A medical marijuana caregiver in Michigan is a person who is at least 21 years old and has consented to assist one or more qualified medical marijuana patients with medical marijuana use. Registered medical marijuana caregivers can legally purchase medical cannabis from licensed dispensaries and grow marijuana for their patients without the fear of arrest or prosecution by law enforcement. However, to avoid arrest, they must not possess amounts of marijuana exceeding what they are legally permitted to carry.
The Michigan Medical Marijuana Act (MMMA) permits registered caregivers to help administer medical marijuana to up to five qualified patients. In Michigan, qualified medical marijuana patients who are minors require medical marijuana caregivers, who must be either their parents or legal guardians. Similarly, qualified adult patients who are housebound due to severe illnesses can use the services of medical marijuana caregivers. A person can serve as a medical marijuana caregiver for a family member who qualifies for medical marijuana in Michigan.
Anyone who wants to become a medical marijuana caregiver in Michigan must meet the following requirements:
To become a medical marijuana caregiver in Michigan, a qualified patient must designate a person as a caregiver when applying for a new Michigan Medical Marijuana Program (MMMP) Patient Registry Card. The patient can apply online or via paper forms. A patient who already has the MMMP Patient Registry card can use the Add or Change Caregiver Amendment Form to designate a caregiver.
During application, the patient designating a prospective caregiver must submit certain information about them, including:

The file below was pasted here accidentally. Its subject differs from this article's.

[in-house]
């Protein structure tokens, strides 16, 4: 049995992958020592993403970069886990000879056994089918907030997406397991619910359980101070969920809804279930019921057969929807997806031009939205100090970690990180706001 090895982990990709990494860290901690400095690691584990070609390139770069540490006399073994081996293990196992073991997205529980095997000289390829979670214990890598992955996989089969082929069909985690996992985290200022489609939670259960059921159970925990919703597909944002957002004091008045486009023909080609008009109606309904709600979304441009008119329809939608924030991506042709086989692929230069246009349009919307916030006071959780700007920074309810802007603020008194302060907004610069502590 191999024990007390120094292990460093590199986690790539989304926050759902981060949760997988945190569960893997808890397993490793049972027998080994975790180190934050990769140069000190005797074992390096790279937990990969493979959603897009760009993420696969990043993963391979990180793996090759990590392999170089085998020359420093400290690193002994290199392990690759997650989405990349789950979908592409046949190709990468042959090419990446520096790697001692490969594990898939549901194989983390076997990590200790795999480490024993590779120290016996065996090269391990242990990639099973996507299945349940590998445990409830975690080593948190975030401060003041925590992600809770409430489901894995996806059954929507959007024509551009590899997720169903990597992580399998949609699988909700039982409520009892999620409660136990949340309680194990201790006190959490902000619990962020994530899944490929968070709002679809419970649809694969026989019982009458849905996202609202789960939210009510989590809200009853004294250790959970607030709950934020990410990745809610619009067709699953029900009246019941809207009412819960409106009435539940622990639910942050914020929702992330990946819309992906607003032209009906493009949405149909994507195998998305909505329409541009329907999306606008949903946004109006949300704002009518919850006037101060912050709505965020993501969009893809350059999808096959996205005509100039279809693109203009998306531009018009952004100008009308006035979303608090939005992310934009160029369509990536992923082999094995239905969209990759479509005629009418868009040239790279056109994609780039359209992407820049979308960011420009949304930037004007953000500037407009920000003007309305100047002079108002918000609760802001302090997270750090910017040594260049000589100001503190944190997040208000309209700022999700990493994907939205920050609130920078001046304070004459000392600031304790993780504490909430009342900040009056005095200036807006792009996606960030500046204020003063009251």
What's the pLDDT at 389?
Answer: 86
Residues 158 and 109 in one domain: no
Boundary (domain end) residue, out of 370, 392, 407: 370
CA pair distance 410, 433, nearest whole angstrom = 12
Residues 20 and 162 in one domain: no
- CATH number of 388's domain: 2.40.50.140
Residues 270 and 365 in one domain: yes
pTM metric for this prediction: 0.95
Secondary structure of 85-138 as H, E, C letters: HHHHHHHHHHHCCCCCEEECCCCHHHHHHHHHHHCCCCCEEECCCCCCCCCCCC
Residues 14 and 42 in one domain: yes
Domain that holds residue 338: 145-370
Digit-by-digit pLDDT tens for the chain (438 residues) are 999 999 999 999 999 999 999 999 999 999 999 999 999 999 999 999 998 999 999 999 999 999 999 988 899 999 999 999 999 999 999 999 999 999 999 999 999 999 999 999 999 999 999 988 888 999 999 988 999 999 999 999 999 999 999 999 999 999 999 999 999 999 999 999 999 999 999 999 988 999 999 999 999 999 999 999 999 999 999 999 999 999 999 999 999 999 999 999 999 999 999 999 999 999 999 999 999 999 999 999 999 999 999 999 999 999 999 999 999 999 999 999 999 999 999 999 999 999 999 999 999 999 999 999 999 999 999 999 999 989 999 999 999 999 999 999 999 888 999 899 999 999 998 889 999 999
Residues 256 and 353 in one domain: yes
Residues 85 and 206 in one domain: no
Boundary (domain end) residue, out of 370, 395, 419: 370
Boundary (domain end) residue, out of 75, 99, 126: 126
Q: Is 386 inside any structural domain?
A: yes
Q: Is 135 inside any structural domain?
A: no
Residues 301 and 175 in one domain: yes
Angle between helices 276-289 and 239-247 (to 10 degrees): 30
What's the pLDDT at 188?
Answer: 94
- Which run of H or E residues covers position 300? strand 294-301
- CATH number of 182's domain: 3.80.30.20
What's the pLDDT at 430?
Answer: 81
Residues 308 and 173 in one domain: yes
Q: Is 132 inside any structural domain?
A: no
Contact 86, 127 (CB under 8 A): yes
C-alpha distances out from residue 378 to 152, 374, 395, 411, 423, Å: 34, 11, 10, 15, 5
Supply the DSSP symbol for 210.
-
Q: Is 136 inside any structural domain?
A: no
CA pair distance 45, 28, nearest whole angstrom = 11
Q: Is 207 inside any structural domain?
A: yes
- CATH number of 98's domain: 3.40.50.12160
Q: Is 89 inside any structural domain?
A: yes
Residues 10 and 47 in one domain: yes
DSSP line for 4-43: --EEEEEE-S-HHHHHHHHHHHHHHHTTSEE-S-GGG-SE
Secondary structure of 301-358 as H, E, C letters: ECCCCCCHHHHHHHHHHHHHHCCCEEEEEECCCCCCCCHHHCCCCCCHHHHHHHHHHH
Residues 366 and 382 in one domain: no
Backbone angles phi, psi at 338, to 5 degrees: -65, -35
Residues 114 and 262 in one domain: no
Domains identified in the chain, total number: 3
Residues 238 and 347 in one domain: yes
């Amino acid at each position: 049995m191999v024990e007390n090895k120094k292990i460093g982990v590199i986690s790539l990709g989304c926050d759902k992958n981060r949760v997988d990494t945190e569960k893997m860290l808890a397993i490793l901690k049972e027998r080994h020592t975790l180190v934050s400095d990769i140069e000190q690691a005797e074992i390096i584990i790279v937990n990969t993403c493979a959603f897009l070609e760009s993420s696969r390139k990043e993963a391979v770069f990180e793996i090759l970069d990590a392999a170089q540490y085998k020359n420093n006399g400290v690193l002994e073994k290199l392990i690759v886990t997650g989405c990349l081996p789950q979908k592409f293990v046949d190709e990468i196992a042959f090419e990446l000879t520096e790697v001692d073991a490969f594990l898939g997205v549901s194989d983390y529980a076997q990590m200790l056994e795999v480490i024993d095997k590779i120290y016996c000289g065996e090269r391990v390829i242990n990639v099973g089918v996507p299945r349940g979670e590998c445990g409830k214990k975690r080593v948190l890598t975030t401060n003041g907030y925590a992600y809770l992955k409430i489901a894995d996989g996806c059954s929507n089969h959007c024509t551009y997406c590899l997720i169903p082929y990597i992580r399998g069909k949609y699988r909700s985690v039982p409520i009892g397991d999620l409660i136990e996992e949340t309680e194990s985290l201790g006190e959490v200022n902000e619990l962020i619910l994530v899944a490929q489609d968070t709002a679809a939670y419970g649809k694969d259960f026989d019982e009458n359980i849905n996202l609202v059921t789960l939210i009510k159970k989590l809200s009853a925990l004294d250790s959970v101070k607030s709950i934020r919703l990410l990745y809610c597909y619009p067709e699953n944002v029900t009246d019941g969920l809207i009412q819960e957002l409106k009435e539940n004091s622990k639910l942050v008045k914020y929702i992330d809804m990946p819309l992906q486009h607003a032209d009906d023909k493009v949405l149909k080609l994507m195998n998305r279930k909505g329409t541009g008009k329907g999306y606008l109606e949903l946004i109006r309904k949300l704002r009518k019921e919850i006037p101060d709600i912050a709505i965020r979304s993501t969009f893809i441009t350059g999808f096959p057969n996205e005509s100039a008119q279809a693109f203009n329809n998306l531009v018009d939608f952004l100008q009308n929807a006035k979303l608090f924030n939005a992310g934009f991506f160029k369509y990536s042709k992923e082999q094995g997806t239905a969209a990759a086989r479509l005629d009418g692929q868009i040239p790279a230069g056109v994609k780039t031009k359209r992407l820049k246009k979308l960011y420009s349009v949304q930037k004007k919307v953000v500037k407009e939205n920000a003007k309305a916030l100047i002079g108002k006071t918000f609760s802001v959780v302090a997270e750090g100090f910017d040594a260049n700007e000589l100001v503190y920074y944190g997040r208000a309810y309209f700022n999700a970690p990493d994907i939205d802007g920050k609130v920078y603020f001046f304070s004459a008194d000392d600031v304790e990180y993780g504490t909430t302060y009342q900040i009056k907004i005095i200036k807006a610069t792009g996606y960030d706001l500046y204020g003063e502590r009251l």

A prospective caregiver must submit to a criminal background check by the Michigan Cannabis Regulatory Agency (CRA) during their patient's registration for the MMMP Registry Card. They must also pay a $25 processing fee with their patient's application packet. A completed MMMP Patient Registry Card paper application should be submitted via mail to:
Michigan Medical Marijuana Program
P.O. Box 30083
Lasing, MI 48909
After a patient's registration, the CRA will issue a registry identification card to the designated medical marijuana caregiver. According to the Michigan Medical Marijuana Act, a medical marijuana caregiver may receive reasonable compensation for actual expenses. Such remuneration may be for services provided in assisting a registered patient in using medical marijuana or for costs incurred while providing the services, or both.
A medical marijuana patient in Michigan can designate a medical marijuana caregiver of their choice. However, their prospective caregiver must be at least 21 years of age and be willing to assist them with their medical marijuana needs. Having caregiver agreements in writing is usually advised before designating them. Typically, parents and legal guardians of minors who are medical marijuana patients must serve as their medical marijuana caregivers in Michigan.
While the CRA issues registry cards to designated medical marijuana caregivers after patients' registrations, the agency does not maintain a central database of caregivers from which patients can find caregivers.
In Michigan, medical marijuana caregivers can purchase and carry medical marijuana on behalf of their patients. Per the Michigan Medical Marijuana Act (MMMA), medical marijuana caregivers can only possess up to 2.5 ounces of usable marijuana per patient. Under the MMMA, the following are considered equivalent to 1 ounce of usable marijuana:
The Michigan Medical Marijuana Act (MMMA) permits medical marijuana caregivers in the state to cultivate marijuana plants on behalf of patients who already specified that caregivers can grow marijuana for them. However, cultivation must be in enclosed, locked facilities.
A medical marijuana caregiver in Michigan may only grow up to 12 marijuana plants per patient. Since they can only have a maximum of five patients, it implies that a caregiver may cultivate up to 60 marijuana plants. However, under the MMMA, a medical marijuana caregiver can also be a medical marijuana patient. Hence, by law, they may cultivate up to 72 plants if filling their patient quota. Only caregivers are legally allowed to access caregivers' marijuana cultivation areas. According to state law, it is a felony for anyone other than the caregiver to enter the caregiver's marijuana grow site.